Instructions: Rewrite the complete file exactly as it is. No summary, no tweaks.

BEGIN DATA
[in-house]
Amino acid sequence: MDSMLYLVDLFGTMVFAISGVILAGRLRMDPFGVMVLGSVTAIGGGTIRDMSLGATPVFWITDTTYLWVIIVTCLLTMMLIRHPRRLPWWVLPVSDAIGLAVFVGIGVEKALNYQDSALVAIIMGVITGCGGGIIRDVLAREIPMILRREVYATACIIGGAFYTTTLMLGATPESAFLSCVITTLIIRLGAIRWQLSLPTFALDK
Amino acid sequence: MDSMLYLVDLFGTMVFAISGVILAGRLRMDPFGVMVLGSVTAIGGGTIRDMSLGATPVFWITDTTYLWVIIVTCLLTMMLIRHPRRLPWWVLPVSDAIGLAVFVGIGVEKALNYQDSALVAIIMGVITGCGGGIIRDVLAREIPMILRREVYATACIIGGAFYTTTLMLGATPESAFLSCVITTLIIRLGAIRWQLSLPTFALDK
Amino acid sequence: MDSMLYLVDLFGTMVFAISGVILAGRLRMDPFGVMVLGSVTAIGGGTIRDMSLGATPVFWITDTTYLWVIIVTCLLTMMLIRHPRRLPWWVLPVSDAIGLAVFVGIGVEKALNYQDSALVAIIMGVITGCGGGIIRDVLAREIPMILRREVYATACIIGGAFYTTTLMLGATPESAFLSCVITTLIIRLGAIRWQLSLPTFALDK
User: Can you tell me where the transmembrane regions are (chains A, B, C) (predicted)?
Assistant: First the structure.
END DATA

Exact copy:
[in-house]
Amino acid sequence: MDSMLYLVDLFGTMVFAISGVILAGRLRMDPFGVMVLGSVTAIGGGTIRDMSLGATPVFWITDTTYLWVIIVTCLLTMMLIRHPRRLPWWVLPVSDAIGLAVFVGIGVEKALNYQDSALVAIIMGVITGCGGGIIRDVLAREIPMILRREVYATACIIGGAFYTTTLMLGATPESAFLSCVITTLIIRLGAIRWQLSLPTFALDK
Amino acid sequence: MDSMLYLVDLFGTMVFAISGVILAGRLRMDPFGVMVLGSVTAIGGGTIRDMSLGATPVFWITDTTYLWVIIVTCLLTMMLIRHPRRLPWWVLPVSDAIGLAVFVGIGVEKALNYQDSALVAIIMGVITGCGGGIIRDVLAREIPMILRREVYATACIIGGAFYTTTLMLGATPESAFLSCVITTLIIRLGAIRWQLSLPTFALDK
Amino acid sequence: MDSMLYLVDLFGTMVFAISGVILAGRLRMDPFGVMVLGSVTAIGGGTIRDMSLGATPVFWITDTTYLWVIIVTCLLTMMLIRHPRRLPWWVLPVSDAIGLAVFVGIGVEKALNYQDSALVAIIMGVITGCGGGIIRDVLAREIPMILRREVYATACIIGGAFYTTTLMLGATPESAFLSCVITTLIIRLGAIRWQLSLPTFALDK
User: Can you tell me where the transmembrane regions are (chains A, B, C) (predicted)?
Assistant: First the structure.